Time: 2017-03-14 15:58 Click:76
Volume 14, Issue 1, January 2017, Pages 75–87
Institute of Fluid Mechanics, Beijing University of Aeronautics and Astronautics, Beijing 100191, China
As a very basic flight mode, ascending flight is obviously of great importance to all kinds of manmade and natural fliers. Yet, for the most commonly seen fliers – insects, researches on this flight mode are rare. In this paper, we combined both experimental measurements and numerical simulations to investigate the kinematical characteristics, aerodynamic performance and power requirement of ascending flight in fruit flies (Drosophila virilis). The flies ascend at an advance ratio of about 0.12. The most significant characteristic of ascending flight is larger stroke amplitude compared to hovering, while the other kinematics is very similar. From an aerodynamics point of view, this increased stroke amplitude is needed to overcome the negative effects of “downwash flow”, caused by the upward motion of the fly. Same as hovering, the ascending fruit flies utilize delayed stall and fast pitching-up mechanisms to generate the majority of the lift required for balancing the weight and body drag. By using a larger stroke-amplitude to overcome the negative effects of “downwash flow”, larger energy cost (about 20%) than that of equivalent hovering is required.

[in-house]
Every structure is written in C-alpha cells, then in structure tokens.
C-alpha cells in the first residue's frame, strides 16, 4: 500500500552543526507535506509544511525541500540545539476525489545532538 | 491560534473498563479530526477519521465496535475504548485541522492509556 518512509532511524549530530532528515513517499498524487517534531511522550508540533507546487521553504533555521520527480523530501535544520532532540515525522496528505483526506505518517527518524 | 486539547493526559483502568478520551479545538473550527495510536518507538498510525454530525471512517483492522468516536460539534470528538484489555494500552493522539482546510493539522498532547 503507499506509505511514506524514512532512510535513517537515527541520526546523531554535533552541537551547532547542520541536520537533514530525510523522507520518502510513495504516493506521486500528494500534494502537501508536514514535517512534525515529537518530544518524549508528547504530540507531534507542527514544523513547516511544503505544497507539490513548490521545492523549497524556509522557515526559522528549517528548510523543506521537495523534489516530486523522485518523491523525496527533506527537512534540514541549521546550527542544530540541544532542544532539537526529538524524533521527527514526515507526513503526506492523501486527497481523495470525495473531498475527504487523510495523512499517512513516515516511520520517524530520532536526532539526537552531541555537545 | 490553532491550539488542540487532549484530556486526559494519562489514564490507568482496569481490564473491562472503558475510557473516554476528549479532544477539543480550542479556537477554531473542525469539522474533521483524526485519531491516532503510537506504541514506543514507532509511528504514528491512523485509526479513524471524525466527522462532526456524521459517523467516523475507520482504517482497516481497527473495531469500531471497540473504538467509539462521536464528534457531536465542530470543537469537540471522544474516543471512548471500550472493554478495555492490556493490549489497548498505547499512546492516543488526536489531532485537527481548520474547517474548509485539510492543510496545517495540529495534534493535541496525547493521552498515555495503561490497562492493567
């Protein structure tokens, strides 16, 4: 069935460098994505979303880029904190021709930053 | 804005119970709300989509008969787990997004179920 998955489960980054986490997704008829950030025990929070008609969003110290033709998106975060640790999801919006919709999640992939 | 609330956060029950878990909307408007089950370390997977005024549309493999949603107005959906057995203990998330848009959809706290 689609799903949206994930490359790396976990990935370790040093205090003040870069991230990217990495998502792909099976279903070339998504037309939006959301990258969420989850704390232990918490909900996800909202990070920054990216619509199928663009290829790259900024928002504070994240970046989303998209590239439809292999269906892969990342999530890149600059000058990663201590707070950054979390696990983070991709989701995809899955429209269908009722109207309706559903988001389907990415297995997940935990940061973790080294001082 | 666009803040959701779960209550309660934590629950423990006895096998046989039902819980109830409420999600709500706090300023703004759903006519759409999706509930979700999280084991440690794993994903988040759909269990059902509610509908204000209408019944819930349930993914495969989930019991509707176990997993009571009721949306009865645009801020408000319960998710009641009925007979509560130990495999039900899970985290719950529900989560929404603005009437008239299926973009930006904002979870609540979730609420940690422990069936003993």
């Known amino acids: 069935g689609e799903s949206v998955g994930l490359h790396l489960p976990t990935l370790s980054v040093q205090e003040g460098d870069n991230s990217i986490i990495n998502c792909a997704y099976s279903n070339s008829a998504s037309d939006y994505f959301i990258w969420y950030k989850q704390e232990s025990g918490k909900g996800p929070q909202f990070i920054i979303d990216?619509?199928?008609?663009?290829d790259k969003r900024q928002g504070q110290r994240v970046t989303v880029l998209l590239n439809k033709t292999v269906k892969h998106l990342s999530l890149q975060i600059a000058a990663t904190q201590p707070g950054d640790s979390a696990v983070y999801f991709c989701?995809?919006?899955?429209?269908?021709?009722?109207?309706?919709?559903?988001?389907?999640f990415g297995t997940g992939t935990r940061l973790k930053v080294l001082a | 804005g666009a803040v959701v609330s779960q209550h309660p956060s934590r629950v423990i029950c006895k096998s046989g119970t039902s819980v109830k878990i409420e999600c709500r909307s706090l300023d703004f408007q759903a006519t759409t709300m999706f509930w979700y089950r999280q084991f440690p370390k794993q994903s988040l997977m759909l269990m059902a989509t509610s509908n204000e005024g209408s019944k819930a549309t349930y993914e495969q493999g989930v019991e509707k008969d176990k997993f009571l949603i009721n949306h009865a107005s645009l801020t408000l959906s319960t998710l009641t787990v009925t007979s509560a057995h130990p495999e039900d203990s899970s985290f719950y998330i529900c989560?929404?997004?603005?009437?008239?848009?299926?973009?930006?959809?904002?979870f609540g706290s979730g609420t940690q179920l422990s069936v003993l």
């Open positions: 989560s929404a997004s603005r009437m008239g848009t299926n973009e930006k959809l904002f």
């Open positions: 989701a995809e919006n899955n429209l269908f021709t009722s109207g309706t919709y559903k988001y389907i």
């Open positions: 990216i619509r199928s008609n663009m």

Computational Fluid Dynamics (CFD);
low Reynolds number aerodynamics;
Full text is available at http://www.sciencedirect.com/science/article/pii/S1672652916603797